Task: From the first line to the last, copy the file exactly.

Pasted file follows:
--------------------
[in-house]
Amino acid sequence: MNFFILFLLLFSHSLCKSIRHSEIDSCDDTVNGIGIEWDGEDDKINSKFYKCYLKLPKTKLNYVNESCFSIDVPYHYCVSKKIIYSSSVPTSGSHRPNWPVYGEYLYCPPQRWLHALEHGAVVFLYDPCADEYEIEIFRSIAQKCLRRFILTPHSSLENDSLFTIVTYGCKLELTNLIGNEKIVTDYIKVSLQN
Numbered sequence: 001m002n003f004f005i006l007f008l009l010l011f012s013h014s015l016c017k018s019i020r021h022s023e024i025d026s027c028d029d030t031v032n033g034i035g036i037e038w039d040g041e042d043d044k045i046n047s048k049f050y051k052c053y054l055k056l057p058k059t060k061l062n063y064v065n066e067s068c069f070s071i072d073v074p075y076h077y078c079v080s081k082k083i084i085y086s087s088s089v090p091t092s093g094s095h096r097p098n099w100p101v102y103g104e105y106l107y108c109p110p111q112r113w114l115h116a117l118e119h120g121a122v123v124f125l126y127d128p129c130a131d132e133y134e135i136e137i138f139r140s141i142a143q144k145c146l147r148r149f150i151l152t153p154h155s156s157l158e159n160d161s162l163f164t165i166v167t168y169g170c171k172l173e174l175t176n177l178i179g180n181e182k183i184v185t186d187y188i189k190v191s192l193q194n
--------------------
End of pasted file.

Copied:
[in-house]
Amino acid sequence: MNFFILFLLLFSHSLCKSIRHSEIDSCDDTVNGIGIEWDGEDDKINSKFYKCYLKLPKTKLNYVNESCFSIDVPYHYCVSKKIIYSSSVPTSGSHRPNWPVYGEYLYCPPQRWLHALEHGAVVFLYDPCADEYEIEIFRSIAQKCLRRFILTPHSSLENDSLFTIVTYGCKLELTNLIGNEKIVTDYIKVSLQN
Numbered sequence: 001m002n003f004f005i006l007f008l009l010l011f012s013h014s015l016c017k018s019i020r021h022s023e024i025d026s027c028d029d030t031v032n033g034i035g036i037e038w039d040g041e042d043d044k045i046n047s048k049f050y051k052c053y054l055k056l057p058k059t060k061l062n063y064v065n066e067s068c069f070s071i072d073v074p075y076h077y078c079v080s081k082k083i084i085y086s087s088s089v090p091t092s093g094s095h096r097p098n099w100p101v102y103g104e105y106l107y108c109p110p111q112r113w114l115h116a117l118e119h120g121a122v123v124f125l126y127d128p129c130a131d132e133y134e135i136e137i138f139r140s141i142a143q144k145c146l147r148r149f150i151l152t153p154h155s156s157l158e159n160d161s162l163f164t165i166v167t168y169g170c171k172l173e174l175t176n177l178i179g180n181e182k183i184v185t186d187y188i189k190v191s192l193q194n